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placeholder Bay Area composer’s works among new Mass settings

Pope’s visit in Britain deemed historic success

Renewed interest in Mary sparks conference at Saint Mary’s College

Cathedral to host crèche festival in mid-December

USF showcases Spanish, Asian influences in Mission arts

Despite defeat, Catholic official sees progress on DREAM Act

Vatican bank named in money-laundering probe

Mexico’s Bishop Vera given international prize for human rights work

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Students invited to join YMI essay contest

• Sister M. Patrice Bradshaw, SHF
• Sister Mary Grace Feldhaus, PBVM
• Sister Mary Paul Gerard Gustafson, SNJM
• Sister M. Guadalupe Partida, SHF

placeholder October 4, 2010   •   VOL. 48, NO. 17   •   Oakland, CA
Renewed interest in Mary sparks
conference at Saint Mary’s College

Oct. 12 is the Feast of Our Lady of Apa-recida, patroness of Brazil.

A comprehensive look at “Mary in the Modern World” takes place at St. Mary’s College in Moraga, Oct. 12-14. Lectures by leading Marian scholars, a choral concert of Marian music and an exhibition of images of Mary will be featured, said Christian Brother Mark McVann, professor theology and religious studies and organizer of the Marian conference.

Brother McVann said the conference is, in part, a response to the growing revival of interest in Mary. “The new interest stems in part, I think, from a need for contemporary models for women in a revised and more reflective feminism. It stems also from a renewed interest in traditional Catholicism.”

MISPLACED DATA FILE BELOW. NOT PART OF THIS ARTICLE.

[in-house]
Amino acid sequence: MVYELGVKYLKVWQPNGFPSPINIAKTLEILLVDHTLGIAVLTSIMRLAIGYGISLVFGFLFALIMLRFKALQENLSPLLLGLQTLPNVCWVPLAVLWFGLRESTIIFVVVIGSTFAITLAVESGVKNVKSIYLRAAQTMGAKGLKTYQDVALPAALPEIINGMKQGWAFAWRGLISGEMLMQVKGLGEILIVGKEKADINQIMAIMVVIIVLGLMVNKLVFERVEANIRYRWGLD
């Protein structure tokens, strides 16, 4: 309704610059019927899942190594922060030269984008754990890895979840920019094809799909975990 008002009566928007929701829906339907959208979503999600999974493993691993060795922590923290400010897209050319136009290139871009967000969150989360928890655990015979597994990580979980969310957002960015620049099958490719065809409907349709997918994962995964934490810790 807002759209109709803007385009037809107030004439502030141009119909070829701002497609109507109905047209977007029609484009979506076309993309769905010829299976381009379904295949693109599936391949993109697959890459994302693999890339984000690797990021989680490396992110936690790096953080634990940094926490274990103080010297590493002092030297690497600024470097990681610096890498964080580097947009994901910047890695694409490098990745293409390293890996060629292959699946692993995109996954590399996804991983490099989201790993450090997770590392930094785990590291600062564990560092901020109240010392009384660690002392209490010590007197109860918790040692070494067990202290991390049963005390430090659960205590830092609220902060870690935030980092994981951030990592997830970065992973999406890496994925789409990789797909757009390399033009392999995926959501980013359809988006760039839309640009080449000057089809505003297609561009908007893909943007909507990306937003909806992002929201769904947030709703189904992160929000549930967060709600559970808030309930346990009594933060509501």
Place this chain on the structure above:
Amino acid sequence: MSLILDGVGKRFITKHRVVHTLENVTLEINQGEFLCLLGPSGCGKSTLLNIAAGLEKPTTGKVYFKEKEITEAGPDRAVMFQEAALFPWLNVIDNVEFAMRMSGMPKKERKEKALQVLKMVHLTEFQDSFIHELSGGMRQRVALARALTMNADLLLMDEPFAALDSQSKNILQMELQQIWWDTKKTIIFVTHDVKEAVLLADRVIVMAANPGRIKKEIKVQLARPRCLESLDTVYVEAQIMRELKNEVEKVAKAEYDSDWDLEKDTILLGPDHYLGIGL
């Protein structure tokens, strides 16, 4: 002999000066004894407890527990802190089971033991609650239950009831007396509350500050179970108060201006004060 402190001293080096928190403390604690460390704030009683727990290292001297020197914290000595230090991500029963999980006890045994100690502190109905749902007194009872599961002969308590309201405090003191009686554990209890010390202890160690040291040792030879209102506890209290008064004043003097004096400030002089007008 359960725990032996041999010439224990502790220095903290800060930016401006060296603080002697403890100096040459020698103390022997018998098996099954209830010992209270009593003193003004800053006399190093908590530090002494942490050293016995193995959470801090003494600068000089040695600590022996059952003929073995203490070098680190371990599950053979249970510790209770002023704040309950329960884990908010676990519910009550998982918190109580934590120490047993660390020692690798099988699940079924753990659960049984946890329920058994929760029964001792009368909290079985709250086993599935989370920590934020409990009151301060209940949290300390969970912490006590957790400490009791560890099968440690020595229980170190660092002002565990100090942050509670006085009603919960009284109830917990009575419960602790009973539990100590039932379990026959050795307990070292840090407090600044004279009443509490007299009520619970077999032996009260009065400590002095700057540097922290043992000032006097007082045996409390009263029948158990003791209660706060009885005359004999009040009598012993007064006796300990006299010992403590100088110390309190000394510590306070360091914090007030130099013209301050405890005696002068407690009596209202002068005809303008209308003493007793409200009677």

Calling Mary “the most important woman in human history,” Brother McVann said “it is hard to overstate or overestimate the pervasiveness of Marian awareness in Western Christianity.”

The conference will focus on Marian influence in history, culture, literature, art and music.

Nancy Pineda-Madrid, professor in the School of Theology and Ministry at Boston College, will open the academic program on Oct. 12 with a lecture on the continuing power of devotion to Our Lady of Guadalupe in North America. Her 1 p.m. lecture will be held in Claeys Lounge in the campus’ Soda Center.

At 5 p.m. on Oct. 12, Mass in honor of Our Lady of Aparecida (whose feast is observed that day) will be celebrated in the college chapel. At 8 p.m., also in the chapel, Cantare con Vivo, an ensemble of area singers, will perform a concert of Marian music including “Ave Maria” and “Ave Maris Stella.”

Three lectures will take place on Oct. 13 in the Claeys Lounge.

At 10:20 a.m., Father William Graham, director of the Catholic Studies Program at the College of Saint Scholastica in Duluth, Minn., will speak on “Mary in the Church’s Prayer.”

At 12:40 p.m., Diane Schoemperlen, award-winning Canadian author, will talk about her experience writing the critically acclaimed novel, “Our Lady of the Lost and Found.”

At 7:30 p.m., Metropolitan Nikitos Lulias, director of the Patriarch Anthenagoras Orthodox Institute in Berkeley, will discuss the sacred tradition of Marian icons in Eastern Christianity.

On Oct. 14, Brother McVann will explore Marian devotion in South America. His lecture will be held in the Claeys Lounge at 11:10 a.m.

At 12:50 p.m. in the chapel, Pamela Thomas, a member of the college’s Mission and Ministry Office, will analyze images of Mary feeding the infant Jesus. The images emphasize the human and maternal dimensions of Mary of Nazareth.

The conference will close with a panel discussion on Marian apparitions. It will take place in Claeys Lounge at 7:30 p.m.

Throughout the three days, the campus library will display images of Mary brought by members of the college community. Brother McVann said he expects to exhibit keepsake rosaries, statues, and paintings of Mary in her many manifestations around the world. “I think people will be surprised and delighted to see how many of us have a real and abiding affection for Mary and images of her,” he said.

All the events are free and open to the public.

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